Babies, especially newborns, are more likely to suffer injury from cold temperature exposure.
- They have a large body surface area compared with their weight. Their body heat is lost more rapidly when exposed to cold weather conditions.
- Their ability to regulate body temperatures is not well-developed. They are not able to shiver (which warms a person up).
- They don't have much fat under their skin (which keeps them warm).
Older adults are more likely to have a cold injury, especially
- Their normal body temperature may decrease with age.
- They can't regulate their body temperature as well. They do not produce as much heat energy. They also have less body fat.
- Their blood vessels do not narrow (constrict) and conserve body heat as easily.
- They do not shiver as much. Shivering warms the body.
- Their mental awareness of changes in temperatures may change.
- They have medical conditions that increase their risk for hypothermia. Some of these conditions include:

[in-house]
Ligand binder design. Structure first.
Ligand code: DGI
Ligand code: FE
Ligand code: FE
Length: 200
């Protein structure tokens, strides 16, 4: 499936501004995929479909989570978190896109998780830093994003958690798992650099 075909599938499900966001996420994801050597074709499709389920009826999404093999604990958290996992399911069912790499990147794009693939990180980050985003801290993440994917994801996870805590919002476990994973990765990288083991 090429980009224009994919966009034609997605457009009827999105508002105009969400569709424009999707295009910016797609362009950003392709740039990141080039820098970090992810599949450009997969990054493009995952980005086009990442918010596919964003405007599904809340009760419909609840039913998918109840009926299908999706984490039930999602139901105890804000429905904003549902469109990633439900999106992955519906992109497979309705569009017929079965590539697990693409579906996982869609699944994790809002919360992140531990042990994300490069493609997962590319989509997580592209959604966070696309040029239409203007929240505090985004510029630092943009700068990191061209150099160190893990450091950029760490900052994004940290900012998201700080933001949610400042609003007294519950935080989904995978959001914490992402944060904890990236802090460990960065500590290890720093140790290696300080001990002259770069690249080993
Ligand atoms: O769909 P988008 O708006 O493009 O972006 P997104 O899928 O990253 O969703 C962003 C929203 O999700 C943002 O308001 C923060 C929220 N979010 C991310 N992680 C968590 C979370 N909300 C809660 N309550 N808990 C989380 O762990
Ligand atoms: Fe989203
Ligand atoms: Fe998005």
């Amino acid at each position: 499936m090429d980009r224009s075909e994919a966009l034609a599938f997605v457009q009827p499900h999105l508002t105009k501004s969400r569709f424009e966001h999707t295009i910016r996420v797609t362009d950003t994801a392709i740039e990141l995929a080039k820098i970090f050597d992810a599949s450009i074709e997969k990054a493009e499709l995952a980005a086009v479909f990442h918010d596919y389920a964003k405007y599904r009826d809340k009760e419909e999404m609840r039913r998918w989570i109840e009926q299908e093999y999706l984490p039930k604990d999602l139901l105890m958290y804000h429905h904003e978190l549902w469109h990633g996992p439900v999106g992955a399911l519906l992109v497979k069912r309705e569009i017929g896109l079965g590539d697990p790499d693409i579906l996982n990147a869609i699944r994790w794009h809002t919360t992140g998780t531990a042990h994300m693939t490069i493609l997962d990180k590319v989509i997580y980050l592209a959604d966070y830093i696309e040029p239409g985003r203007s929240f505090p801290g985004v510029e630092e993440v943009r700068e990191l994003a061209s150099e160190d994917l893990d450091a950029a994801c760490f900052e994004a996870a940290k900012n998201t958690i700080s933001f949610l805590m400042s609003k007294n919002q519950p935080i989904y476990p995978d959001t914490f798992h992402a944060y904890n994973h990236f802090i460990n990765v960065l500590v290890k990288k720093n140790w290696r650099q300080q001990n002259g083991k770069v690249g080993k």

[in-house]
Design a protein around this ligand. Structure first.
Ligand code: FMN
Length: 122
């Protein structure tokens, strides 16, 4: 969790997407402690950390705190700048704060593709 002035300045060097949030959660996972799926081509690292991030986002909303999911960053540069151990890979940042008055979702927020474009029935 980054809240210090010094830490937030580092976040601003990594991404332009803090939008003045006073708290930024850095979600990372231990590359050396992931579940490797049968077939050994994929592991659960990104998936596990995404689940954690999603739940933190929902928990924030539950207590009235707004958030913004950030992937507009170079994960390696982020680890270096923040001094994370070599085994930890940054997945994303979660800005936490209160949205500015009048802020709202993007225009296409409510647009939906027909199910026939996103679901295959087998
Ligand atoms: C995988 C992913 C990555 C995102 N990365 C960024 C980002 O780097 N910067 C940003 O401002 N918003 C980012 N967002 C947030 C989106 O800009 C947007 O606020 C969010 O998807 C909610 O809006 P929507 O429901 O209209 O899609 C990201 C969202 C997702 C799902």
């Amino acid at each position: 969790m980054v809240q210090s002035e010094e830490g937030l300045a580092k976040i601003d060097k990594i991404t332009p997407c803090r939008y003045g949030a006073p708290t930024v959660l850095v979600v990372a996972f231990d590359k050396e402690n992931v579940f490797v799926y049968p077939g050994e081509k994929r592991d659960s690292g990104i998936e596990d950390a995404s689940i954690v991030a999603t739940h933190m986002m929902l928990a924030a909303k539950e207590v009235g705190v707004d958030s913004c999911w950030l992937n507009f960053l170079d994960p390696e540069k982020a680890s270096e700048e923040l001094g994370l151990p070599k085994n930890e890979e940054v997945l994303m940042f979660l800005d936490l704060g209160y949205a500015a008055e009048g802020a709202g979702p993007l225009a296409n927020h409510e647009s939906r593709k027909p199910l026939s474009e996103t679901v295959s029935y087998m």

- Thyroid disease.
- History of a stroke.
- Alzheimer's disease.
- Parkinson's disease.
- Heart failure.
- Poor nutrition.
- Multiple sclerosis.
- Body infection (sepsis).
- Skin conditions, such as psoriasis.
- They are more likely to be using medicines that may affect their response to cold.
- They may live alone and have fewer resources to keep them safe from cold injury. They are more likely to have poorly heated homes.
Current as of: November 9, 2022
Author: Healthwise Staff
William H. Blahd Jr. MD, FACEP - Emergency Medicine
Adam Husney MD - Family Medicine
Kathleen Romito MD - Family Medicine